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Saturday, February 03, 2007

Acrostic Epigrams: The Cause of, and Solution to, the Death of Political Verse

Regular readers of the blog (hi, Mom!) know that we are in the midst of a longstanding campaign to resurrect dead forms of puffery and invective. Commendatory verse will set blurbs free, we believe, and you'll agree, if you read that last post and its comments.

We also believe that commendatory verse's angry twin, the satirical epigram, is due for a comeback. As far as I can tell, there is approximately one (1) working, regularly published poet of ad hominem political attacks: that bard of the blue state anapest, Calvin Trillin. I guess there are some slam poets and politically engaged mcs who would also qualify, and perhaps Mother Goose has an in-house poetess who spends her days thinking up amusing rhymes for "Eagleburger"?, but let's just say for the sake of this post that Trillin is the last practioner of the metrical smack-down. And he's not even that funny.

You know who was funny? People in the seventeenth century. I've begun teaching my early modern women's writing course, and the first poem we read together was this one, by Rachel Speght.

Ha cha cha! Take that Swetnam! You have a filthie pen! And now everybody knows it! Seriously, there is no better way to start off a class on em women's writing than with an acrostic poem that tears a misogynist polemicist a new one. Of course, the rest of A Mouzel looks pretty conciliatory compared to this bit (Marriage is a merry-age... UNLESS SATHAN CREEPS INTO YOUR FILTHIE PEN!!), but you really get a sense for how a verse form that we usually associate with construction paper and magic markers can actually be used as a lead-tipped cultural whip.

You see, no doubt, where all this is leading…

D estroy all formes of life, thou demon spawne!
I nterr trew logick's spirit under lawne.
C ut down the honest critick in blind rage;
K eep bloodie doves imprison’d in a cage.

Ok. Someone else has to do the last name. I expect melodramatic bird imagery to be maintained as the primary vehicle. Extra points for fake Englisshinge of oure moderne tonge. Let's bring back the biting epigram! Together, people, we can do it.

  • At 2/04/2007 01:30:00 AM, Blogger bdh wrote…

    What about Gwen Harwood's famous sonnet acrostic, "Fuck all editors"?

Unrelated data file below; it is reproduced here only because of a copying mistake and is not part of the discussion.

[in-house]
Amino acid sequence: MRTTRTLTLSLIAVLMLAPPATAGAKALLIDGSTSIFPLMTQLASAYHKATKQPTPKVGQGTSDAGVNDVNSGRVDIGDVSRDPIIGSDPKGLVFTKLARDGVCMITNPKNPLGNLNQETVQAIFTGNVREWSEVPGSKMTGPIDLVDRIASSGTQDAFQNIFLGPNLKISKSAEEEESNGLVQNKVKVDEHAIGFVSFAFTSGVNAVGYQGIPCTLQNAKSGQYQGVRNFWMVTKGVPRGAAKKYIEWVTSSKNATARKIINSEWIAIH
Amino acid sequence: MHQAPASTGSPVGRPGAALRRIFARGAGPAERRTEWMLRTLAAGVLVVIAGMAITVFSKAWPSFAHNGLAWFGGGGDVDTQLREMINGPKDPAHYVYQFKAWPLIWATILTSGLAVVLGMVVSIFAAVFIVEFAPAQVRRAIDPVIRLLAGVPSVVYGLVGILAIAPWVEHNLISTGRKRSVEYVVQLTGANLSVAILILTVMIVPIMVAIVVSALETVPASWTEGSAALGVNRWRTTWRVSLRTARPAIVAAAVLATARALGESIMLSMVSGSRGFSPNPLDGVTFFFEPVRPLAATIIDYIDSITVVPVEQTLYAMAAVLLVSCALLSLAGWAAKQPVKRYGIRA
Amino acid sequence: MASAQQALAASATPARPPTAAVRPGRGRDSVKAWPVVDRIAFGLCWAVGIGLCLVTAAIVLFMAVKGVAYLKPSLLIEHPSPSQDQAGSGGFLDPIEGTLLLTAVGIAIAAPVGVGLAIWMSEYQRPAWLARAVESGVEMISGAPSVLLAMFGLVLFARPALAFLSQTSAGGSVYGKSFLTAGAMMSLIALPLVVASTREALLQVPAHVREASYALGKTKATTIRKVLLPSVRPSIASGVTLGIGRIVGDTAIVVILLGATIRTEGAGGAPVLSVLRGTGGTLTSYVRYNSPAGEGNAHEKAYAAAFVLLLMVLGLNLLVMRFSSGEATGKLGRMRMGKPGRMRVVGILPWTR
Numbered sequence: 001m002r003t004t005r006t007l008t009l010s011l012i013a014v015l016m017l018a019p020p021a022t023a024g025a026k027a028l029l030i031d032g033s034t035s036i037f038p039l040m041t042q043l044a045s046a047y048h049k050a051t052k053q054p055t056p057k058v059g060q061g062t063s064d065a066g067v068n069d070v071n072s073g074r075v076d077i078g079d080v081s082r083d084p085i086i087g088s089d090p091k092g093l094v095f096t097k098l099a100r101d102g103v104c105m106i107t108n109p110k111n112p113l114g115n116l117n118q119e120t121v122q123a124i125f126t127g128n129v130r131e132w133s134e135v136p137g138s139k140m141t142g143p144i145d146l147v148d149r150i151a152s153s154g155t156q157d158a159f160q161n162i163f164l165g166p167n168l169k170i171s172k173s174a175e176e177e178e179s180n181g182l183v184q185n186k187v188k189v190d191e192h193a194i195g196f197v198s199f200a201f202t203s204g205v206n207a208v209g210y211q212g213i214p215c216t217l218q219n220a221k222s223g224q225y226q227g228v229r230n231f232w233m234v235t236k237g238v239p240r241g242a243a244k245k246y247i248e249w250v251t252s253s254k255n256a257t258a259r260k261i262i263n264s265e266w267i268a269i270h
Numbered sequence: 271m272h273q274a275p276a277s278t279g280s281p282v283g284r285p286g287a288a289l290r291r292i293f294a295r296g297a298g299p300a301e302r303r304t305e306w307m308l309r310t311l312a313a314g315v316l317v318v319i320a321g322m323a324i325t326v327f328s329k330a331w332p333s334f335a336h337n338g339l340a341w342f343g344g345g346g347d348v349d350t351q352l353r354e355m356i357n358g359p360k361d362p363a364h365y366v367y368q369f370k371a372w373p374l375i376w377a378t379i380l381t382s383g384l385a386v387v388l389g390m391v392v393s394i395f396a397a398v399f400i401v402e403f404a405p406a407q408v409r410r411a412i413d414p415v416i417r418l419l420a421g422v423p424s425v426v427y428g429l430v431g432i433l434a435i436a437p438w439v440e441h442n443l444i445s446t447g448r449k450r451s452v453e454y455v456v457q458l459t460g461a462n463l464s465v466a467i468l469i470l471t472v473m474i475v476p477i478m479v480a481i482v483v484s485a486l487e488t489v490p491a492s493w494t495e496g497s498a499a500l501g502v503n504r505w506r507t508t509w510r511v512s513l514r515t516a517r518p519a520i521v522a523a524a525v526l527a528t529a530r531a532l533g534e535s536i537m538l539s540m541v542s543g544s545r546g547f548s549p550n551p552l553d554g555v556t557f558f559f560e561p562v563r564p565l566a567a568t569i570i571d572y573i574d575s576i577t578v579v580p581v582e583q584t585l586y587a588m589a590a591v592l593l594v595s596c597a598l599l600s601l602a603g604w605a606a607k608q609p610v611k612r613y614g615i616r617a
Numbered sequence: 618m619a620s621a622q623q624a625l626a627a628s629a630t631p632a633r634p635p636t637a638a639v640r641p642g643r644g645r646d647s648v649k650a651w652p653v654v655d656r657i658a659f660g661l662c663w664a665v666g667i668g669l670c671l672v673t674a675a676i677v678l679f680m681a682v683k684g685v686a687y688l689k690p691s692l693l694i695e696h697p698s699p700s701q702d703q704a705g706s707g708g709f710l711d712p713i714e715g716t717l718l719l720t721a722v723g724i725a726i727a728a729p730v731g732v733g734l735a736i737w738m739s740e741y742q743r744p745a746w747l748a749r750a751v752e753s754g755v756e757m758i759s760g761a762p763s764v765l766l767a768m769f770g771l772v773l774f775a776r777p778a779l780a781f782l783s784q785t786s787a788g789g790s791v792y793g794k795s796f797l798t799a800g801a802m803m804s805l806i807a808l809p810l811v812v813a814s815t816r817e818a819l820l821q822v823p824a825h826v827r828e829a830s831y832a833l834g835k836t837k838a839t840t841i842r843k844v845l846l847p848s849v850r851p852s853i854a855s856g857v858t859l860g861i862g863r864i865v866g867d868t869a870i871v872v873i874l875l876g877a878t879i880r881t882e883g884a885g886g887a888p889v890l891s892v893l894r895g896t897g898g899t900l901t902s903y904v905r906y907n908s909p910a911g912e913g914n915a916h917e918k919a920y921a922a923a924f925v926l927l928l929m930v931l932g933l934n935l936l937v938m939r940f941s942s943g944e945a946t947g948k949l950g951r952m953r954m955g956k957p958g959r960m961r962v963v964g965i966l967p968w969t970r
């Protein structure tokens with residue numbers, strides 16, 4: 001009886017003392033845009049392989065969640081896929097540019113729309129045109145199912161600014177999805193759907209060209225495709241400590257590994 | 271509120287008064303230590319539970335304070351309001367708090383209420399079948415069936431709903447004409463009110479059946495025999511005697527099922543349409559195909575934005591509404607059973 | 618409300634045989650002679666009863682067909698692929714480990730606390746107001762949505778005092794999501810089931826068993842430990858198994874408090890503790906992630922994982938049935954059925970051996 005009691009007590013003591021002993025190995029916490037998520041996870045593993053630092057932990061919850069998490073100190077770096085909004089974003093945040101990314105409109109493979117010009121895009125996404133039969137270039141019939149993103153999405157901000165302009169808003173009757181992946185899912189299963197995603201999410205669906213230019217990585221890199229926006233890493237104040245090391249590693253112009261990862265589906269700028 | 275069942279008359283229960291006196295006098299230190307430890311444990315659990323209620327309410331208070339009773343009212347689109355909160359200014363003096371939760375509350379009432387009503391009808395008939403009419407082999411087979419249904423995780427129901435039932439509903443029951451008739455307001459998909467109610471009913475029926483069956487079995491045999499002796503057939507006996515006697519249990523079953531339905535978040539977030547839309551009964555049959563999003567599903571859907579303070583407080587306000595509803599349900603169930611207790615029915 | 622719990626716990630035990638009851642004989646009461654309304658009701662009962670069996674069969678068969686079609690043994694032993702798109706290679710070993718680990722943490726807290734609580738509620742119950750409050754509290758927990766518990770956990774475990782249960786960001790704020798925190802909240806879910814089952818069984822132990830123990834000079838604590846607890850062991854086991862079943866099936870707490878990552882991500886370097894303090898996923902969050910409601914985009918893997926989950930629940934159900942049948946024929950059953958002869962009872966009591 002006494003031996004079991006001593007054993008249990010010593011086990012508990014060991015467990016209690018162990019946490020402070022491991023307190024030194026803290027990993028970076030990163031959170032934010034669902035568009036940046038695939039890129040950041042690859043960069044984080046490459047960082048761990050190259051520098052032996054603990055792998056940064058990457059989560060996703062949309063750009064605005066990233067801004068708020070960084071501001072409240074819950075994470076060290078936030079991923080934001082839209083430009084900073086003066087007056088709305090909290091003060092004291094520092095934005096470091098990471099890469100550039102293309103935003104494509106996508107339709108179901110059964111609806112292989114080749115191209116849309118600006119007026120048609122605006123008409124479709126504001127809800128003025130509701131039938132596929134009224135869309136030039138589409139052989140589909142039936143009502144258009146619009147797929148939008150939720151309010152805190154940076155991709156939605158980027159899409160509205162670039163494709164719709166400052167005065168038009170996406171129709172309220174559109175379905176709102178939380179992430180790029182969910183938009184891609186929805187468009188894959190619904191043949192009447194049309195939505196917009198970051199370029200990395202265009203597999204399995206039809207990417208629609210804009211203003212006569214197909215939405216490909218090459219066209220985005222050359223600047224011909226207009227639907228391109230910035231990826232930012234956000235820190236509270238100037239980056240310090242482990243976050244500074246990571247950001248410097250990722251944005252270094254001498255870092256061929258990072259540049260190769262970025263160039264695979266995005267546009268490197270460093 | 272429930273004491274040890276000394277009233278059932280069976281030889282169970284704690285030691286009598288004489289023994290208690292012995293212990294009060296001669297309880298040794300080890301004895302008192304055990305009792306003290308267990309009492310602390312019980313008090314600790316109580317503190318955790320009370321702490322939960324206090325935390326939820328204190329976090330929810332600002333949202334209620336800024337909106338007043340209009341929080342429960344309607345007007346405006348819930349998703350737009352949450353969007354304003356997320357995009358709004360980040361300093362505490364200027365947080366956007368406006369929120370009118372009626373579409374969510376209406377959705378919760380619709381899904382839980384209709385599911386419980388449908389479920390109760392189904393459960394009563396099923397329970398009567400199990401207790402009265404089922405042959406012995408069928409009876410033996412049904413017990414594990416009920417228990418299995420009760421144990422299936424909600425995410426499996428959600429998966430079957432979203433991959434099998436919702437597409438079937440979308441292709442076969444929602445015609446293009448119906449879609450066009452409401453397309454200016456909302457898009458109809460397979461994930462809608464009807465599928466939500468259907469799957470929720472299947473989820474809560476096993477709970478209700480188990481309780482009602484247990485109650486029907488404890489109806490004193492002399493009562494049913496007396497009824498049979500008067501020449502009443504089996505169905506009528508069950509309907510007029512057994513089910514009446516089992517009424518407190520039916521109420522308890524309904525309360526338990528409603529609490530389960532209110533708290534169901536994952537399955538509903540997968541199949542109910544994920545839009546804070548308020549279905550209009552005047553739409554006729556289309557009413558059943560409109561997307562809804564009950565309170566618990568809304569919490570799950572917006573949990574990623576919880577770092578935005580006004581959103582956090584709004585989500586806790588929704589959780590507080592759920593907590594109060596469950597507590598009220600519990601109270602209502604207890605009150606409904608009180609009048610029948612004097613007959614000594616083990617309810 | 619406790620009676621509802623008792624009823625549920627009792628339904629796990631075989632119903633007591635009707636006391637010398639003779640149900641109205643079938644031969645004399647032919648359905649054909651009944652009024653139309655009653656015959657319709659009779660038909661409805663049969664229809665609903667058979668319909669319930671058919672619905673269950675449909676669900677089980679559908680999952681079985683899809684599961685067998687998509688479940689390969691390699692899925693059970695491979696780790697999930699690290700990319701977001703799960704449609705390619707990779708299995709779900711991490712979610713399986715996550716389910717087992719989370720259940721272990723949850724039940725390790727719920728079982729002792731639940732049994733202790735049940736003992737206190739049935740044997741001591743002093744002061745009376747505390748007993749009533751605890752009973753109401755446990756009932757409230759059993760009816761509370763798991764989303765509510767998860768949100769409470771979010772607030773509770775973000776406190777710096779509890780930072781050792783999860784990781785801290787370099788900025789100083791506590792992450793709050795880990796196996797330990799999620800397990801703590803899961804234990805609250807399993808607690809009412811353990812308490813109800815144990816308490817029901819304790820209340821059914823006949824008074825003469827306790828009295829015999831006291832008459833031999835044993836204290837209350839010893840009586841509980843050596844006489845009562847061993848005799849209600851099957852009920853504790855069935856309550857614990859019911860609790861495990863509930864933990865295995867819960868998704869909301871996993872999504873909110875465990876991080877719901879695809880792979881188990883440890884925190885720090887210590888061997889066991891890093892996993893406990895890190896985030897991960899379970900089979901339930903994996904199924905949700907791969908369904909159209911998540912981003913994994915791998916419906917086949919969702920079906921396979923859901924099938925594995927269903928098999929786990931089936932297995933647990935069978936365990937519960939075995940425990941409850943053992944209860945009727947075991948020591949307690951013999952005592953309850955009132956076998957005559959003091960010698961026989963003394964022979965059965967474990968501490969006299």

• At 2/06/2007 07:04:00 PM, Blogger Inkhorn wrote…

    I've been thinking about this, though at the moment I haven't gotten any farther than:

    Cringing subordinates and flattery
    Have separated you from reality.

    Not earlie moderne, I realize.

    Btw, don't we owe the formulation "cause of, and solution to" to Homer Simpson? As in, "alcohol, the cause of -- and solution to -- all of life's problems."


  • At 2/06/2007 10:03:00 PM, Blogger Greenwit wrote…

    yes, I shamelessly ripped off Homer. I was glad to be able to put the structure to use, actually. Been trying to think of a good spot for it for a while. It's kind of hard to think of things that are both the cause of and the solution to other things...


  • At 2/07/2007 07:32:00 AM, Blogger Simplicius wrote…

    "Eating children, except your gay daughter;
    Not Mary, go send the rest to slaughter."

    As inspired by that George Washington song ("He'll save the children, but not the British children": "He'll eat the children, but not his own gay children").


  • At 2/07/2007 08:50:00 AM, Blogger Inkhorn wrote…

    I love that song.

    Washington, Washing-ton,
    Six foot twenty fucking killing for fun.

    Remember: He'll kick you apart, he'll kick you apart, he'll kick you apart.


  • At 2/07/2007 11:06:00 AM, Blogger Greenwit wrote…

    excellent. We're an E and a Y away from completion...


  • At 2/07/2007 04:16:00 PM, Blogger Bardiac wrote…

    Every friend's afraid to hunt for birds near

    You; and loyal cronies know jail is near.

    (and now we know why I read and don't actually really try much to write poetry!)


  • At 2/07/2007 04:17:00 PM, Blogger Bardiac wrote…

    Bah, that's even worse than I thought... I was trying to rhyme better.

    How about making the second line

    You; and loyal cronies know jail to fear!

    That's at least a little better.


  • At 2/07/2007 04:36:00 PM, Blogger Greenwit wrote…

    You're in, Bardiac! Thanks for your couplet, adding some needed enjambment to our rhyme.


  • At 2/07/2007 06:32:00 PM, Blogger Bardiac wrote…

    I love enjambment!

    Thanks for including me!


  • At 2/11/2007 04:55:00 PM, Blogger Eric wrote…

    Choosing the right perfume can be difficult and because it is also considered an intimate gift buying the wrong perfume can backfire on you and get you the opposite result of that which you hoped for.

    The first thing you need to do is do some homework, meaning research. Look at your lady's perfume bottles, the ones that are nearly empty will be her favorites. If there is one there that is nearly full chances are she doesn't wear it often or doesn't like it. Hint around and ask her what types of fragrances she likes and dislikes.

    Humans are very sensory oriented and our sense of smell is no different. Certain perfumes can elicit strong reactions in both the wearer and the person reacting to the scent. Perfumes are made not only to attract but to also relax someone. If you aren't totally sure what kind of perfume to buy you can always play it safe and get something in the aromatherapy line. If you go this route, bear in mind that vanilla scents are considered to relax and a peppermint or lemon scent will be more stimulating.


  • At 2/11/2007 05:27:00 PM, Blogger Greenwit wrote…

    dude, totally!

    I guess the world has discovered a way to spam blogger.com.


  • At 2/11/2007 05:31:00 PM, Blogger Hieronimo wrote…

    Wow, how did a robot learn to defeat the captcha?


 Scribble some marginalia

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